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The Prayer of the Night Shepherd by Phil…
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The Prayer of the Night Shepherd

by Phil Rickman

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Hereford vicar and deliverance minister Merrily Watkins offers spiritual assistance to a relative of a parishioner who is suffering from asthma. Her teenage daughter Jane is enjoying her first job as a maid in a hotel built under the famous Stanner Rocks. The wholesome inclinations lead them to become involved with Border country feuds, reality television producers, a literary controversy, a family curse, spiritualists, hired thugs, a woman with a past, a hell hound, a blizzard to snow in suspects, and, of course for this series, ghosts and murders. Rickman as usual uses convoluted plots and local folklore, but he excels here at creating a strange, harsh setting and showing how it effects the well-developed characters. A good read, the best in the series since Midwinter of the Spirit. ( )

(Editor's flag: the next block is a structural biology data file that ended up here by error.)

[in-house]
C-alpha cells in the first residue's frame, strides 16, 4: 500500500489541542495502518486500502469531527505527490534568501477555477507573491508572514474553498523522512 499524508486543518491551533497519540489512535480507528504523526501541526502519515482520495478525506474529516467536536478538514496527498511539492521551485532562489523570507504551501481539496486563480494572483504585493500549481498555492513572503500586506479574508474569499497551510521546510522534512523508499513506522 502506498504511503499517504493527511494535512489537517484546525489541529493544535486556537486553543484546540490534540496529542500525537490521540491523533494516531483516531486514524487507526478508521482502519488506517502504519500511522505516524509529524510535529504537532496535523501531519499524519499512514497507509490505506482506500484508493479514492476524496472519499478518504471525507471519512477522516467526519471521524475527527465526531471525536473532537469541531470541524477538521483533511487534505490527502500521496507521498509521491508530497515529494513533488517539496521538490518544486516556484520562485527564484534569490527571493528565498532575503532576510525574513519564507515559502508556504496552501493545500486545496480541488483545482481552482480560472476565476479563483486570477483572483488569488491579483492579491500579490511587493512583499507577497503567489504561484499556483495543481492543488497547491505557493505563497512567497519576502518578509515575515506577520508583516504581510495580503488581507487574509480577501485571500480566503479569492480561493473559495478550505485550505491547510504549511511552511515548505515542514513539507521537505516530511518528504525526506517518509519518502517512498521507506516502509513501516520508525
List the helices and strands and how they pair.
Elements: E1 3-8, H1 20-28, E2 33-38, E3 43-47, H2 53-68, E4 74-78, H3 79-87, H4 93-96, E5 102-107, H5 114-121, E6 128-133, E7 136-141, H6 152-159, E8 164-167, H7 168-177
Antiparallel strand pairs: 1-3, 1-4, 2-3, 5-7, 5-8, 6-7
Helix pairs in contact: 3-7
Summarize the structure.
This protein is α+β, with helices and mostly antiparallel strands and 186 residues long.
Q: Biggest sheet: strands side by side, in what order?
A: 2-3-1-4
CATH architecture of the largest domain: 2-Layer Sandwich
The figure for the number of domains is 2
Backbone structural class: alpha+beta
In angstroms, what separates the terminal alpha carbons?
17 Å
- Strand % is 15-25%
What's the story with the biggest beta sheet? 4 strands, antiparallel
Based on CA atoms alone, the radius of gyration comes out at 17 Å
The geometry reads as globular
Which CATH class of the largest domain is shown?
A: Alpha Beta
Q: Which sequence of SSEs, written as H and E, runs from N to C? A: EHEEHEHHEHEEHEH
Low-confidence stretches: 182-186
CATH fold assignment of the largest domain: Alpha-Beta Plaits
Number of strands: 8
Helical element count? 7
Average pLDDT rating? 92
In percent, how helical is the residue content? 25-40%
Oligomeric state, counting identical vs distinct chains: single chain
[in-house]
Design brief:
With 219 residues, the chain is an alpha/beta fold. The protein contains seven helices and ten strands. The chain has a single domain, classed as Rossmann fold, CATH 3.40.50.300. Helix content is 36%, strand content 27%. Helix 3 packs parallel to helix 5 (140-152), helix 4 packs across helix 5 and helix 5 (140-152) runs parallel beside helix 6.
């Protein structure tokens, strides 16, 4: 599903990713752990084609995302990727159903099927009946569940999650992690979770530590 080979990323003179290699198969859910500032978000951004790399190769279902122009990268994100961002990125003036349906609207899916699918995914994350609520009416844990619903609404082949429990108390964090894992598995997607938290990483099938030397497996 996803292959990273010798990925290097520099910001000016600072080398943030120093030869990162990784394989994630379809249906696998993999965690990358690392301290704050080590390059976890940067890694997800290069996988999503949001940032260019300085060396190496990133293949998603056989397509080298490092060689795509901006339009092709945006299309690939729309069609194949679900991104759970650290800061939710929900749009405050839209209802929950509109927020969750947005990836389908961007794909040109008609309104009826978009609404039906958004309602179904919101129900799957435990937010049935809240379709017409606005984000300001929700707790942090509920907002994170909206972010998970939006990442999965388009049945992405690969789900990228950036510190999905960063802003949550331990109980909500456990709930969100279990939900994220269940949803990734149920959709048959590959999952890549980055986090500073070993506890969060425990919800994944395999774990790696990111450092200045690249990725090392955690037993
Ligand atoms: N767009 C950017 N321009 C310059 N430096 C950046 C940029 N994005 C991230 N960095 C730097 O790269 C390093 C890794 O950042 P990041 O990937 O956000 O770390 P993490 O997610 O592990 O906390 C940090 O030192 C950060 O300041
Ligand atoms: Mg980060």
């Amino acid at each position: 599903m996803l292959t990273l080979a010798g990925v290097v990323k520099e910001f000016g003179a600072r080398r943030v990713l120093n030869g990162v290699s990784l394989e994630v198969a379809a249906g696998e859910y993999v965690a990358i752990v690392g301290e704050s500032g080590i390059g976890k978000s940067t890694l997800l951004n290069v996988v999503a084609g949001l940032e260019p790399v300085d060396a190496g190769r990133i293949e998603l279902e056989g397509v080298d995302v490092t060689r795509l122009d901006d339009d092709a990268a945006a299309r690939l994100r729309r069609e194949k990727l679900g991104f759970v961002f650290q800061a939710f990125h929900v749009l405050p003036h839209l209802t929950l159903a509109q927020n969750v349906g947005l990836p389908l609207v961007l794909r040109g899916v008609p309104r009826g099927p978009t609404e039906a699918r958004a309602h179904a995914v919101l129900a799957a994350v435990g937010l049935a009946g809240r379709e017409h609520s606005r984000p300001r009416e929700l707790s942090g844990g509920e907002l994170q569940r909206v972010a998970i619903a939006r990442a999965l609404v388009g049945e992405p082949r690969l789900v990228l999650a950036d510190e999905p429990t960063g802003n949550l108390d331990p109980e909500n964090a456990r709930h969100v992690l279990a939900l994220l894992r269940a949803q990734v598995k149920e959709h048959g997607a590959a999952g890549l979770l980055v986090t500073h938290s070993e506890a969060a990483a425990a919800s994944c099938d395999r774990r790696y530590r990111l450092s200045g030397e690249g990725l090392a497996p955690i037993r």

Coach_of_Alva | Nov 21, 2016 |
Wow. Really, WOW. I liked the previous books in this series, but came to accept that I would always care for the characters more than the events (plots) that happened around them. Until this story. Phil Rickman finally found the perfect balance of blending a pre-existing idea (Sherlock Holmes, The Hound of the Baskervilles in particular) into this adventure, giving this mystery a greater depth. As always, the cast of characters continues to be literary platinum. ( )